‘No. I apologise. But perhaps, if we make an agreement, you and your brother would come and visit our country and see for yourself. You would be welcome. It is not often that I see people from your world. I miss them’. Paravar said sadly.
‘We will. We will be back’. Annie said gently.
Simon handed the parchment back to Paravar. ‘Does that mean you’re having to take Socrato and his lot with you?’
‘Unfortunately, yes. They are representatives, with votes’.
Paravar took the parchment, rolled it up and pushed it into a small silver tube. He held it out to them.
‘I’ll take that’. Annie said firmly. She didn’t trust Simon not to throw it in Gloriana’s face, after what had happened before. He glared at her, then smiled. They looked at each other affectionately. She remembered how he had stood by her only a few minutes ago.
‘We must go’. She said quietly.
‘I will give you safe conduct to the gate and beyond, and escort you a bit further. Under the present circumstances, I’d rather not get within arrowshot of your walls’. Paravar smiled at them both. ‘It has been a pleasure to meet you both. Remember the chess, Simon’.
‘Don’t worry, I’ll give you a good game’. He grinned. He genuinely liked Paravar.
They walked back through the entrance. The guards carefully handed them back their swords, still wary of these humans. Annie smiled at them both. They smiled back. She could see they wanted a peace, too. They walked out towards their horses. The two guards looked at each other. ‘She is lovely’. one guard said, in Barbarossi, as he looked out after them. ‘Dangerous, too, as I heard!’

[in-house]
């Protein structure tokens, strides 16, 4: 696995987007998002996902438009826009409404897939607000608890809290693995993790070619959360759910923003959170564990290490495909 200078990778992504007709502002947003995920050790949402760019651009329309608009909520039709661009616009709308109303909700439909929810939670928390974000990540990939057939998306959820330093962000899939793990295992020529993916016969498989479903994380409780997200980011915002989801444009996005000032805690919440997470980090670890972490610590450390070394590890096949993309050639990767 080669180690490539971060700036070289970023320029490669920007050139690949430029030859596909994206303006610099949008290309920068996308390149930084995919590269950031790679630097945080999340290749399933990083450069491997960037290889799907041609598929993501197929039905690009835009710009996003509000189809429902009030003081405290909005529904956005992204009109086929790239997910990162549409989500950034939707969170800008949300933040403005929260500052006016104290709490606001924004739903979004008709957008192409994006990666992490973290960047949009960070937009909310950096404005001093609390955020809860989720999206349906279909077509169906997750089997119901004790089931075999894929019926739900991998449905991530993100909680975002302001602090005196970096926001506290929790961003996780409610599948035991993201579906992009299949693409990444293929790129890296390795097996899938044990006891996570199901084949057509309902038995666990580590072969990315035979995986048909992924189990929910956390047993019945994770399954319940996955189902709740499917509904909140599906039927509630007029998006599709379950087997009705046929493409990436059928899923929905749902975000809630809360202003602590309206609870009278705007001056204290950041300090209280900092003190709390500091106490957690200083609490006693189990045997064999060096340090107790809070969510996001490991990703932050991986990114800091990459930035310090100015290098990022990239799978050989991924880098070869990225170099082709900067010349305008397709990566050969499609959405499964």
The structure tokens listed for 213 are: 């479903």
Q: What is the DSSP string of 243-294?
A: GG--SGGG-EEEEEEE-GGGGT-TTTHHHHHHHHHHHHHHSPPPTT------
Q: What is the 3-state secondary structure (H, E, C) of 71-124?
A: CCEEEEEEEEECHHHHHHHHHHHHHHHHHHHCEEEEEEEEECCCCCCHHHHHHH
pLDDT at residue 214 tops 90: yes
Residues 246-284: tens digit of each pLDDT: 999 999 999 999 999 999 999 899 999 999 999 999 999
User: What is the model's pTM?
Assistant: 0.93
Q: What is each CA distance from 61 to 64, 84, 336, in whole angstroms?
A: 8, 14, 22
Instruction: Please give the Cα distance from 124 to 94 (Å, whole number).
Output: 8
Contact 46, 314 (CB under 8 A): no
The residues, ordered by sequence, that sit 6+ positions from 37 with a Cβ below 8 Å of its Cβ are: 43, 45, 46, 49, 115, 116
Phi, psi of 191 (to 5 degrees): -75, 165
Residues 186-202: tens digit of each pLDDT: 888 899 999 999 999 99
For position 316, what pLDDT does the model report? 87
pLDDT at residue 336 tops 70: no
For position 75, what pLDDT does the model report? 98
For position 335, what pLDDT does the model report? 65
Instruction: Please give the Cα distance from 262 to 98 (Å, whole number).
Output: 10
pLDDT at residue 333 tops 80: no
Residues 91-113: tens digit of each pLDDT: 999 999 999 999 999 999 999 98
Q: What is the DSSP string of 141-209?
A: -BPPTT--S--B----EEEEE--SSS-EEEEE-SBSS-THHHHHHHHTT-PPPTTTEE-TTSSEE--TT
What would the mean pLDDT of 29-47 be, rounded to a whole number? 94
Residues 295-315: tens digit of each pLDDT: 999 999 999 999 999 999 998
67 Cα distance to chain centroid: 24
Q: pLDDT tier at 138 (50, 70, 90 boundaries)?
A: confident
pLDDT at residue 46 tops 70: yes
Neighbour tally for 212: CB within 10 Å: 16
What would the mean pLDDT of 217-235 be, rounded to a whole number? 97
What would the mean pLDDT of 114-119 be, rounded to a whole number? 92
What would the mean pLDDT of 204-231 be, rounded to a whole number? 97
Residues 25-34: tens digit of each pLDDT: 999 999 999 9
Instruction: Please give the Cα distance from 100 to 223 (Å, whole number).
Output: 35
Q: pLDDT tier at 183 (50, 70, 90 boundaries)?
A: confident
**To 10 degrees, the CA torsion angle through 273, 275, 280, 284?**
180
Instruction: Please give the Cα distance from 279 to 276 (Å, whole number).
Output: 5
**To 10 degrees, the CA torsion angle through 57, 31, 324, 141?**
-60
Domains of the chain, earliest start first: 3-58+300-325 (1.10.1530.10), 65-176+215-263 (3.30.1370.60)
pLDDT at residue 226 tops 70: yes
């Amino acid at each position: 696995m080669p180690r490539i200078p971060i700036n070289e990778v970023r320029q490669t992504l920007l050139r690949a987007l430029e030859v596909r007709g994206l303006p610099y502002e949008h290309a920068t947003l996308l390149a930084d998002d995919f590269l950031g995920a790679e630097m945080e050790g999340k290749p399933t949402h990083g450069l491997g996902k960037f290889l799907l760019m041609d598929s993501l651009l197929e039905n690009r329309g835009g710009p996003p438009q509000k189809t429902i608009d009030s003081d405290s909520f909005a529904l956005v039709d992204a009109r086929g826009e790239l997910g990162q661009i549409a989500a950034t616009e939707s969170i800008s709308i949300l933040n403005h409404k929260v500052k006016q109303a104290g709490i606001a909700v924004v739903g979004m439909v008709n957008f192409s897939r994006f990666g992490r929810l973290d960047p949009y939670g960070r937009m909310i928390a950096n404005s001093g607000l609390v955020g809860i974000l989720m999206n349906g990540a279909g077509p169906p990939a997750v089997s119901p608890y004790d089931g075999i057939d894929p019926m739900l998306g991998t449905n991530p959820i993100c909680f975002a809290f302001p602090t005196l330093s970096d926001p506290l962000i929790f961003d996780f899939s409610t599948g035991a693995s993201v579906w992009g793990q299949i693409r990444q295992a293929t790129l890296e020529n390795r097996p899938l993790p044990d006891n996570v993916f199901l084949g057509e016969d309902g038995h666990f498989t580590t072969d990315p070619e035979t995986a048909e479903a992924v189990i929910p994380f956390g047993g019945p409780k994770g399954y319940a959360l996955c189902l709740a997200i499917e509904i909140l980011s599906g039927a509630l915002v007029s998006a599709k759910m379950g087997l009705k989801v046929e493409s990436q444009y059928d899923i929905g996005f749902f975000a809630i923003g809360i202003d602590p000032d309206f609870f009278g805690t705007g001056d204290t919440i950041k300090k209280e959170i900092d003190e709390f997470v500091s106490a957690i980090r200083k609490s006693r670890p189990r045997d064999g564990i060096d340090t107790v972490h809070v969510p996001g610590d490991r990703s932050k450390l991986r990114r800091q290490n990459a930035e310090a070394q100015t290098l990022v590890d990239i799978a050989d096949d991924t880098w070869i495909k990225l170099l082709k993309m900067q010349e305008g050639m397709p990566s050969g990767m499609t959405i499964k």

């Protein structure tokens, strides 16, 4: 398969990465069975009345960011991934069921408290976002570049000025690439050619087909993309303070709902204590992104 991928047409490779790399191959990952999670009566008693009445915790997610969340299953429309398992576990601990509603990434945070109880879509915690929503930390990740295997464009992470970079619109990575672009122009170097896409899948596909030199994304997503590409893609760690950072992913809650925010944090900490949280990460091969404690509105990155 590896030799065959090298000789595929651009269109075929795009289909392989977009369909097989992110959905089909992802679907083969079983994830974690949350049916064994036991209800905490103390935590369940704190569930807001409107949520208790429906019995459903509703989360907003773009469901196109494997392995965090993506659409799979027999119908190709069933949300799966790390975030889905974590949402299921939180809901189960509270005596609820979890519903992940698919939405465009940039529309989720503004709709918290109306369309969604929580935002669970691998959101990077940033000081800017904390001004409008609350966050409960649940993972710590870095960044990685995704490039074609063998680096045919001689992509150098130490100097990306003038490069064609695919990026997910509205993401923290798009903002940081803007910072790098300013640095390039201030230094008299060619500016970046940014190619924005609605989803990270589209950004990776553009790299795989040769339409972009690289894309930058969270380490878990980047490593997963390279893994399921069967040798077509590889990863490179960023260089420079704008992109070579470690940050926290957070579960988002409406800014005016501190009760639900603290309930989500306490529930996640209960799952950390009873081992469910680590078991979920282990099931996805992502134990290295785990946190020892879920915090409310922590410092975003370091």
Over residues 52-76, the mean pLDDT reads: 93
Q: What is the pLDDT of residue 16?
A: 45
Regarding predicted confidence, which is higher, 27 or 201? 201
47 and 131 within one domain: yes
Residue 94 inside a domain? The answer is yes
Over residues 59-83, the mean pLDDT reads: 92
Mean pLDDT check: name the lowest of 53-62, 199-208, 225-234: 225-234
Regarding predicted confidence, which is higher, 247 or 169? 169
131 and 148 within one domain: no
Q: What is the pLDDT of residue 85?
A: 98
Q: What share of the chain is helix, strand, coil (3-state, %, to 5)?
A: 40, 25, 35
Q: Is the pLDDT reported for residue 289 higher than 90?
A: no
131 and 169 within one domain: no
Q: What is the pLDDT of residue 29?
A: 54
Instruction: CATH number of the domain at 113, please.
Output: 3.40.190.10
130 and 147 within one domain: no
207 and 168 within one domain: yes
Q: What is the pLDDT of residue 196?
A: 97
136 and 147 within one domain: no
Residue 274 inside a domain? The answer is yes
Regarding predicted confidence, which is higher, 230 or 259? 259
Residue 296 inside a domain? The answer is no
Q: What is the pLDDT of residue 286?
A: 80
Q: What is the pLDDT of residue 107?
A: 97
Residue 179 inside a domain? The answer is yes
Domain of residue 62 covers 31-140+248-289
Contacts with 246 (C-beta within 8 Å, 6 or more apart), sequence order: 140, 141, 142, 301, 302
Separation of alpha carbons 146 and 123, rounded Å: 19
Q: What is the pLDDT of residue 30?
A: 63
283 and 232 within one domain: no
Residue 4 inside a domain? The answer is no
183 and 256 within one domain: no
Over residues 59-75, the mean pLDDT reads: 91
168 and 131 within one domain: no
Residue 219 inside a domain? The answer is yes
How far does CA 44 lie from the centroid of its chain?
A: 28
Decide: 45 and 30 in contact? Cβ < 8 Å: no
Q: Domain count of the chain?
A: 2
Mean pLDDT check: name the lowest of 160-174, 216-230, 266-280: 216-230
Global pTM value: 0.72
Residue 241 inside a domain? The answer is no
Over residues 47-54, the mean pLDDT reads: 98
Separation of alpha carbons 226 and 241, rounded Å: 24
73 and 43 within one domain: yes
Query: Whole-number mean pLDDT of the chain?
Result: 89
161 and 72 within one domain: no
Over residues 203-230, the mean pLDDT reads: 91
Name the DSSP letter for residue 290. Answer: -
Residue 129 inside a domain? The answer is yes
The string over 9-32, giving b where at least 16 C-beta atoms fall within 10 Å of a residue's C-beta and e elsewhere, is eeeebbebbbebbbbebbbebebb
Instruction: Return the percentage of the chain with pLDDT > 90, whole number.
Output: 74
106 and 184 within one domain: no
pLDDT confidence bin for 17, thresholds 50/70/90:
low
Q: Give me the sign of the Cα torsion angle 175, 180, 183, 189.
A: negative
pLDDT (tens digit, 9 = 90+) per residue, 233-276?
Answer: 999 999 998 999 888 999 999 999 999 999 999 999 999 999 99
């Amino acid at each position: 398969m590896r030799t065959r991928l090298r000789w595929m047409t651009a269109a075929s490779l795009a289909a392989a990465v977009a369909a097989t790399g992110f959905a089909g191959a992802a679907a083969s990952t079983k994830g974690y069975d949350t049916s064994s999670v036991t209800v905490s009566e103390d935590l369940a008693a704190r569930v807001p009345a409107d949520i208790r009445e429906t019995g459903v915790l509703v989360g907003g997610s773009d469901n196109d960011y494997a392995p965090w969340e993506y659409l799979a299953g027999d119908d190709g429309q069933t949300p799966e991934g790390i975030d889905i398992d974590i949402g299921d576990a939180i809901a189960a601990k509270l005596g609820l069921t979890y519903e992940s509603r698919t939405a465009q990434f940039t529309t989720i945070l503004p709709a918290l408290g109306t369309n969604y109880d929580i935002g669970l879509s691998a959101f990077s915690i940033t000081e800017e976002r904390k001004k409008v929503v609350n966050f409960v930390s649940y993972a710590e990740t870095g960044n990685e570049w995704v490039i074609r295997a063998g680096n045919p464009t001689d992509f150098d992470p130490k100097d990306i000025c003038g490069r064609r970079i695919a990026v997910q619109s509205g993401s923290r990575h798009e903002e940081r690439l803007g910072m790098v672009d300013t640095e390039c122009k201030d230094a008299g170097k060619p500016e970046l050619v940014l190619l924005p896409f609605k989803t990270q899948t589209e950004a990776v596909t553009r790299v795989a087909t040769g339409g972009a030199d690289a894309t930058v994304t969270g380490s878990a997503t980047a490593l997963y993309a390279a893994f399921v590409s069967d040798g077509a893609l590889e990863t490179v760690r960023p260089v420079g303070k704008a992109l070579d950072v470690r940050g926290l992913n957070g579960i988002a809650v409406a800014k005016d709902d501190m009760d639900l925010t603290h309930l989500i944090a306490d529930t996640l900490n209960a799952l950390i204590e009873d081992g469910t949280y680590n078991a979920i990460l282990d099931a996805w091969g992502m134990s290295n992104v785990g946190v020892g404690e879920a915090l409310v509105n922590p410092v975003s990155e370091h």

‘You know what humans are like’. Said the other guard. ‘I just want to go home’.
‘As I do’. replied the other. He stared after them. ‘I hope they are successful. We need peace’.
They rode out through the gate, Duessa in front, followed by Simon and Annie, then Thursday, following silently. Annie looked back. She could see Paravar gathering his escort around him at the main gate. But she could also see the small group of red-robed figures standing just outside the palisade, gathered silently together like crows on a branch. The small impassive figure of Socrato was there, his arms folded, looking back at them. Then they rode up next to Duessa, who smiled that same sly smile that she always had.
‘What do you want with me?’ she said softly.
‘Some answers!’ Annie shouted furiously. ‘Was it you who killed that old emperor?’
‘Of course’. Duessa replied calmly. ‘Thursday supplied the poison, and I put it into his goblet’. She laughed. ‘He is no loss to anyone’.
‘How did you manage to…?’ Annie remembered. ‘You were the guard I spoke to in Elsace! How did you manage to get here?’
‘That was difficult’. Duessa admitted. ‘But Thursday managed to find me a new identity, and then he insisted that I should accompany you here as his assistant. Thursday and I have known each other for a very long time’. She smiled slyly again. ‘We have our secrets’.
‘Who is Thursday?’ asked Annie, very quietly.
‘You will have to ask him yourself’. Duessa’s smile suddenly disappeared. ‘How is my daughter, Seruban? Please tell me’. Her sharp face was now anxious.
‘She is well, and improving, though we haven’t seen her ourselves’. Annie said, this time more softly. ‘She is being looked after by Gloriana’s daughter, Jezuban’.
‘The same daughter that you had tossed into our world like a bundle of rags! Dumped like an old sack in the road!’ Simon glared at her furiously.
‘She is faery! She would have survived!’ Duessa snapped, glaring back at him.
‘No she wouldn’t! She would have died of cold and starvation if Annie and I hadn’t found her! You filthy bitch, Duessa! I’lll never forgive you for that!’